language insights

Our take on the most, and least, effective communication.

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Carly FIorina

Since many critics of the current administration have derided President Obama for his limited experience before entering the White House, a strong political record has become an important selling point in the primaries. 

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Since announcing his candidacy on May 26, Sanders hasn’t been afraid to embody the ‘grumpy old man’ persona. But, while other candidates have floundered with a negative tone, Sanders is polling better than ever. So, is Sanders really negative, or is his demeanor masking positive calls for change?

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Having launched his presidential campaign on the basis that “the world is falling apart,” Lindsey Graham has threaded doomsday rhetoric into his entire campaign. 

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July 10, 2015

Image by Gage Skidmore.

In the late 90’s, I briefly fell under the spell of New York real estate impresario and not yet-presidential candidate Donald Trump. At the time, I was part of the newsroom leadership team at business channel CNBC, and “The Donald” had recently purchased the 1930’s era Bank of Manhattan (soon to become Chase) skyscraper at 40 Wall Street. Led by the phenomenal success of NBC’s Today Show, street-level live TV studios were all the rage, and Trump had the inspired idea to use this building’s former bank lobby as a TV studio for reporting stock market news in the heart of Wall Street. My boss Jack Reilly and I were invited down to scout the art deco building as a potential CNBC location.

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June 18, 2015
Whole Foods Corrects its Brand Mistak
 
It’s hard to be a big brand these days, especially when you’re trying to communicate with millennials. With so many recommendations flying around, it’s easy to lose sight of your brand’s values in hopes of winning over a sought after audience.
 
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Winning an election is about gainfully defining the choice being presented. It is about successfully creating such a stark contrast between you and your opponents that when voters walk into a booth, picking which lever to pull is the easiest choice of the day.  

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You're walking into the office after an off-site meeting. Do you say hello to your team as you walk in, or head straight to your desk to get to work?

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In 1980, Americans voted for a new day. 
In 1992, Americans voted for a new direction.
In 2008, Americans voted for hope and change.

In two generations, these are the only 3 times a non-incumbent captured the popular vote.  Once America elected the voice of conservatism, once the voice of moderate pragmatism and once the voice of progressivism.  Their ideologies were wildly different but they all shared one unique trait.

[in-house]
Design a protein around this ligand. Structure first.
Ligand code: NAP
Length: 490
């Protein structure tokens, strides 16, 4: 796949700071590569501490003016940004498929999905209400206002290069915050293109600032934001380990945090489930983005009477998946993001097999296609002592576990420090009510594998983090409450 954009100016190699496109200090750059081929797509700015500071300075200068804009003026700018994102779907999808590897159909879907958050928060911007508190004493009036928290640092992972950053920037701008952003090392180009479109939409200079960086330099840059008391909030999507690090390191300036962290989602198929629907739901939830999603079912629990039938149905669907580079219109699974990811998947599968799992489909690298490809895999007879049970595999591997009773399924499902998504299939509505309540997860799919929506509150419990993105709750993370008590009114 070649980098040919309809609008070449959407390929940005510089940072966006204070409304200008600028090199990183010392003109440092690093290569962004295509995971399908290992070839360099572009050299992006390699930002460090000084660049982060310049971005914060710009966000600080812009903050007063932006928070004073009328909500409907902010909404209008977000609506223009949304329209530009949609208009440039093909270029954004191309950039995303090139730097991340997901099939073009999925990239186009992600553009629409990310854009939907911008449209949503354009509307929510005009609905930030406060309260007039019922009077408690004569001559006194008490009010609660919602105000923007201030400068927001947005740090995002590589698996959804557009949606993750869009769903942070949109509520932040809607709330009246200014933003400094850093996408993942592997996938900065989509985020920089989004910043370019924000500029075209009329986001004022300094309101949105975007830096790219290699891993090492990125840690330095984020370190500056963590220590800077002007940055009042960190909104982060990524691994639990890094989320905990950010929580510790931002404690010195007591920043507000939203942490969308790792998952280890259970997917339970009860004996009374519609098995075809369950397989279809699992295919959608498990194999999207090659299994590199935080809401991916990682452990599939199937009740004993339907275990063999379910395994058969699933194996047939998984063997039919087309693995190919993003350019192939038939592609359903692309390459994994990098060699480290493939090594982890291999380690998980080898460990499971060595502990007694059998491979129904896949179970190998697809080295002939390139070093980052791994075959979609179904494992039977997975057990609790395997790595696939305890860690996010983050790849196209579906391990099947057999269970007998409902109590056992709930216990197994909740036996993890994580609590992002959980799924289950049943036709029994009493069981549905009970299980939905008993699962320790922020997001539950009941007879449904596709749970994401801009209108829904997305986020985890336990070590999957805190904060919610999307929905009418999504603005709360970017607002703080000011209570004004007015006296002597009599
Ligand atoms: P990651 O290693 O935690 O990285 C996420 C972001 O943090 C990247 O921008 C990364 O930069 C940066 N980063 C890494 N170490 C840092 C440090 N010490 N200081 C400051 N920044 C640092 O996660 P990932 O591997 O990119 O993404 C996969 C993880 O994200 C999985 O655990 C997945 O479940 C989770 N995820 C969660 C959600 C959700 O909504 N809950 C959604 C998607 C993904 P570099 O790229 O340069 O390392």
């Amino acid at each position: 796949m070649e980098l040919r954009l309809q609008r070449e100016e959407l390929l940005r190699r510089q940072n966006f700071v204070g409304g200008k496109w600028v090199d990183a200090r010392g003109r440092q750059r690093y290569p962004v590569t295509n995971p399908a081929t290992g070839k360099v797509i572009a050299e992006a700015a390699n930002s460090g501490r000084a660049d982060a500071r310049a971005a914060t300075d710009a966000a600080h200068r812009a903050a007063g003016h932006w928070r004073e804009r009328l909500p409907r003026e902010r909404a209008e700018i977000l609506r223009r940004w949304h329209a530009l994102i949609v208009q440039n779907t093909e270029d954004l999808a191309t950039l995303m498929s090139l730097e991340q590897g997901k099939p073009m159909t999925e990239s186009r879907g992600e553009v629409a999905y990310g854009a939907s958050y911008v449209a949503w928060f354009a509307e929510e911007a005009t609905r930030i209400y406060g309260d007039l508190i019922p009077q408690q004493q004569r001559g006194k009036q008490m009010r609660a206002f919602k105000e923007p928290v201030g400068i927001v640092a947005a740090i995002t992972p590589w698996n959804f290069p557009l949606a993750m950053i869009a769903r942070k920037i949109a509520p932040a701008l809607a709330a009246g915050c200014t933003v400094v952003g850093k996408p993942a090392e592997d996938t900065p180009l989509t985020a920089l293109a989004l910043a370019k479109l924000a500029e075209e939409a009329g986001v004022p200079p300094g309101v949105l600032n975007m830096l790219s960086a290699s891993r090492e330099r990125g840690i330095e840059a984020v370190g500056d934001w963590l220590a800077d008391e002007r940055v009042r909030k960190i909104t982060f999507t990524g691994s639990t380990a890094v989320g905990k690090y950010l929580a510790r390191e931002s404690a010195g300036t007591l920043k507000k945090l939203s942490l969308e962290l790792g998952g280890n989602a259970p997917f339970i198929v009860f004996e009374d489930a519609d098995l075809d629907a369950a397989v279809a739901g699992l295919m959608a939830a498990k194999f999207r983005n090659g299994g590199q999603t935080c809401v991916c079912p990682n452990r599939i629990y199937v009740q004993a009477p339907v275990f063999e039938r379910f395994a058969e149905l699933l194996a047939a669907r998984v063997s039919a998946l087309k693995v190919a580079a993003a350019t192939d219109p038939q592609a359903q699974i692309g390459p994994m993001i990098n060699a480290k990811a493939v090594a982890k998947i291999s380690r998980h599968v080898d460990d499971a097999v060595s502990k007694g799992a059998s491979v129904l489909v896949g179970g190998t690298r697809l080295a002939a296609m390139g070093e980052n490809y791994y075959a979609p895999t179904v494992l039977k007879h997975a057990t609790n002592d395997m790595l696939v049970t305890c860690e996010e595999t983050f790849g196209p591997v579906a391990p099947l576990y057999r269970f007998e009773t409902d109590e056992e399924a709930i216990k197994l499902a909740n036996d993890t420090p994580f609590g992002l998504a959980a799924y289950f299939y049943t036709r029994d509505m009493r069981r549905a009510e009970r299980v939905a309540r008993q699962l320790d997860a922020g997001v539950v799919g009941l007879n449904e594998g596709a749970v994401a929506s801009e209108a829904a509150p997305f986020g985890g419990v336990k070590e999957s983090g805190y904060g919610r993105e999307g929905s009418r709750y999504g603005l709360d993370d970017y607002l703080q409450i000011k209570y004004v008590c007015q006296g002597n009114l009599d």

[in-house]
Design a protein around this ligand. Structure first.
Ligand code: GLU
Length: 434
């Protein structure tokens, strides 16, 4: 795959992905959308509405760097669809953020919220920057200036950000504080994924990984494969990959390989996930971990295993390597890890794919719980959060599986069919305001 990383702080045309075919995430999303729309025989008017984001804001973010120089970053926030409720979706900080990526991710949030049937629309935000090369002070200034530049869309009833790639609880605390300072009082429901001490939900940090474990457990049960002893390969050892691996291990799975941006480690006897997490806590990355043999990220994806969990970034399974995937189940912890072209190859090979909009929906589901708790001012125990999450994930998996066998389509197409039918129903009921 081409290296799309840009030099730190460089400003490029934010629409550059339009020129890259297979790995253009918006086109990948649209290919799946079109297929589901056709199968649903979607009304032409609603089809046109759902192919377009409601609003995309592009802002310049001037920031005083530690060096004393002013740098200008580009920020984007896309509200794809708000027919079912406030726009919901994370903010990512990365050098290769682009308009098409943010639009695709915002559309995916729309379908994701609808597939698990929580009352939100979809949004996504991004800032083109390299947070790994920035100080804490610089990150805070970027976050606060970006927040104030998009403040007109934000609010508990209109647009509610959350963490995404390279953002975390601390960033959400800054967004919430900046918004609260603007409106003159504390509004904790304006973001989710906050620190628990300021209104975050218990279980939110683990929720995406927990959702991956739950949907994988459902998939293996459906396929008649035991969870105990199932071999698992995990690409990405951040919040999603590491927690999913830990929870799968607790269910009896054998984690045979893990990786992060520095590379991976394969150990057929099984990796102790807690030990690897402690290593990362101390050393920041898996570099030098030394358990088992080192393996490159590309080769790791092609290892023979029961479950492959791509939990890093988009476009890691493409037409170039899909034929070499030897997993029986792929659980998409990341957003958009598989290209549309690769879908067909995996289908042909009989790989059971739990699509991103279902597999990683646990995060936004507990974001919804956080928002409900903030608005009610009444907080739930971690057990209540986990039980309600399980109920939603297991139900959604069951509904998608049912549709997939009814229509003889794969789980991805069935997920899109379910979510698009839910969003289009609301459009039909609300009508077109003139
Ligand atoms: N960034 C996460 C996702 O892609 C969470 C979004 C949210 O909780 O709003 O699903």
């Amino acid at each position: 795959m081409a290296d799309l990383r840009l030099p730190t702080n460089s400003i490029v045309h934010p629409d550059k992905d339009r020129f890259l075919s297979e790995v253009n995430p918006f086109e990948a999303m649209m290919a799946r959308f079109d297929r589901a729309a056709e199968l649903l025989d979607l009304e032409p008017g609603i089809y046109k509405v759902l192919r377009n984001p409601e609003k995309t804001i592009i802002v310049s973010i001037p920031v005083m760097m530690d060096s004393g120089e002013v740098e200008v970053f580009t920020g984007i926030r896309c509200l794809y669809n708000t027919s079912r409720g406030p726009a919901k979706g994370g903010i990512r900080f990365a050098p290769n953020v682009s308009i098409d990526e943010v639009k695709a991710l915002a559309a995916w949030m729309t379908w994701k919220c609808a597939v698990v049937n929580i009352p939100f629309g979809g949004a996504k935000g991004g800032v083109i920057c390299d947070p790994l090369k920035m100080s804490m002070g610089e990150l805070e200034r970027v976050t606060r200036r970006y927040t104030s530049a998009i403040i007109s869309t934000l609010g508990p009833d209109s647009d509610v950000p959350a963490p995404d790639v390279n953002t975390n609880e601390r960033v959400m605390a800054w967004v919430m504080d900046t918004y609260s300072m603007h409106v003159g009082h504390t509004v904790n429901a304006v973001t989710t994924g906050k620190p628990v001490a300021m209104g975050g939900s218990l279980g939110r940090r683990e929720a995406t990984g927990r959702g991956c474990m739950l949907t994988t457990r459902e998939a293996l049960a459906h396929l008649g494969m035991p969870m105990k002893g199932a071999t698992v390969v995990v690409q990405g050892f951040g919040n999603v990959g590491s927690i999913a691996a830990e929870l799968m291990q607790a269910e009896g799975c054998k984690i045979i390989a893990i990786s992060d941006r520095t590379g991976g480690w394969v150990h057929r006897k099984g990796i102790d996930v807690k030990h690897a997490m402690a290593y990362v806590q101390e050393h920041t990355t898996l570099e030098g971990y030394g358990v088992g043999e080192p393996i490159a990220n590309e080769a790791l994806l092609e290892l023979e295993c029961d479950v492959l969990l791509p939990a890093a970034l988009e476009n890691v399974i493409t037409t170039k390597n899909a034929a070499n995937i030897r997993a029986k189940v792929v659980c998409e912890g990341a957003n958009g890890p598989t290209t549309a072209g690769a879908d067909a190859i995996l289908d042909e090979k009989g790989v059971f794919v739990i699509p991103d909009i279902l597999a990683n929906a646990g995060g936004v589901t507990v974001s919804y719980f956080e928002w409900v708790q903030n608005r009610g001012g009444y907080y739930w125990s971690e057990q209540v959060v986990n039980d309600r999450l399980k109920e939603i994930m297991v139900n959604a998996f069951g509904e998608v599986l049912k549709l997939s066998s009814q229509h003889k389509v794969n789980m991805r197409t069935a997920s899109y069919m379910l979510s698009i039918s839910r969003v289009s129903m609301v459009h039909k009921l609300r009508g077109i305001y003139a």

Despite the fact that they all ran in the midst of Washington dysfunction, economic weakness and challenges overseas, none of their candidacies were defined by these problems.  Instead, each chose to rise above them.    

Ronald Reagan, Bill Clinton, and Barack Obama all campaigned in the language of dreamers.  They painted us a picture of what America could become.  No campaign can ignore our problems, but powerful campaigns don’t make them the centerpiece, either.  From tone to imagery to language, these campaigns made America’s problems a preamble to optimism about the future. 

It’s the one American story that wins most easily in November.  No matter how bad our politics or our economy or our foreign policy seems, Americans choose leaders who see the future as an opportunity and who make us believe that we can be better tomorrow than we ever have been before.  Optimism is king.

Obvious right? 

Enter the GOP primary candidates in 2016.  In analyzing the words and framing used by 7 candidates likely to be stumping in Iowa soon, it wasn't obvious to them.  While all have moments where they try to portray optimism and vision, 6 of the 7 frame their mission in language that has more to do with restoring past greatness than looking forward. 

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May 11, 2015

As Hillary Clinton embraces the support of Super PACs, Lee Carter joins The Strategy Room to talk about what this means for the candidate's image.

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May 06, 2015

 

 

 

The best way to kill your brand new message strategy? Management by announcement.

 

We spend a lot of time developing effective message strategies. But we spend almost as much time making sure they stick. Making sure they become embedded throughout an organization. We see time and time again that simply unveiling the new direction often doesn’t get you there. An announcement isn’t enough. The good news? Getting a consistent, universally adopted, and long-lasting message is possible for any organization.

 

Here are 7 principles that will make sure your new messaging sticks:

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